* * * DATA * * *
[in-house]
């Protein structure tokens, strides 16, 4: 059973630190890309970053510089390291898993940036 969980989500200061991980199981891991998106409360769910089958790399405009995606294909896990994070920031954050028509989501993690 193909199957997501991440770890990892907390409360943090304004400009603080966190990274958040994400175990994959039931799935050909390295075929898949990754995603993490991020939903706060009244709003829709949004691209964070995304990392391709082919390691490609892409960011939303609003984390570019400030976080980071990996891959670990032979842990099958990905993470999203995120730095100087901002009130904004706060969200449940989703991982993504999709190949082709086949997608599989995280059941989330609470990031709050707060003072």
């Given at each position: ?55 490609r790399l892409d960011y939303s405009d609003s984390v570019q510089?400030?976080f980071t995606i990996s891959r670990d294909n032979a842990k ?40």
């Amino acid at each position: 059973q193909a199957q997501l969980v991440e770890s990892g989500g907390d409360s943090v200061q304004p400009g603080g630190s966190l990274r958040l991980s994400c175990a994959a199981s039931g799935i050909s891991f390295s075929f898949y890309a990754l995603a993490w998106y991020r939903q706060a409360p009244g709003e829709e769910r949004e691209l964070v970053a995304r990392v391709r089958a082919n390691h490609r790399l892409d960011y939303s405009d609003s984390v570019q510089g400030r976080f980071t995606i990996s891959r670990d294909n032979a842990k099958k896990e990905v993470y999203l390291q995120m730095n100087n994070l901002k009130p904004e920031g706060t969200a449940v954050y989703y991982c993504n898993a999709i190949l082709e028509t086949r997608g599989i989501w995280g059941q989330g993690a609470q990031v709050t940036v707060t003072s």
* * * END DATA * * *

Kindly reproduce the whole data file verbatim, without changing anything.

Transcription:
[in-house]
């Protein structure tokens, strides 16, 4: 059973630190890309970053510089390291898993940036 969980989500200061991980199981891991998106409360769910089958790399405009995606294909896990994070920031954050028509989501993690 193909199957997501991440770890990892907390409360943090304004400009603080966190990274958040994400175990994959039931799935050909390295075929898949990754995603993490991020939903706060009244709003829709949004691209964070995304990392391709082919390691490609892409960011939303609003984390570019400030976080980071990996891959670990032979842990099958990905993470999203995120730095100087901002009130904004706060969200449940989703991982993504999709190949082709086949997608599989995280059941989330609470990031709050707060003072």
């Given at each position: ?55 490609r790399l892409d960011y939303s405009d609003s984390v570019q510089?400030?976080f980071t995606i990996s891959r670990d294909n032979a842990k ?40």
């Amino acid at each position: 059973q193909a199957q997501l969980v991440e770890s990892g989500g907390d409360s943090v200061q304004p400009g603080g630190s966190l990274r958040l991980s994400c175990a994959a199981s039931g799935i050909s891991f390295s075929f898949y890309a990754l995603a993490w998106y991020r939903q706060a409360p009244g709003e829709e769910r949004e691209l964070v970053a995304r990392v391709r089958a082919n390691h490609r790399l892409d960011y939303s405009d609003s984390v570019q510089g400030r976080f980071t995606i990996s891959r670990d294909n032979a842990k099958k896990e990905v993470y999203l390291q995120m730095n100087n994070l901002k009130p904004e920031g706060t969200a449940v954050y989703y991982c993504n898993a999709i190949l082709e028509t086949r997608g599989i989501w995280g059941q989330g993690a609470q990031v709050t940036v707060t003072s």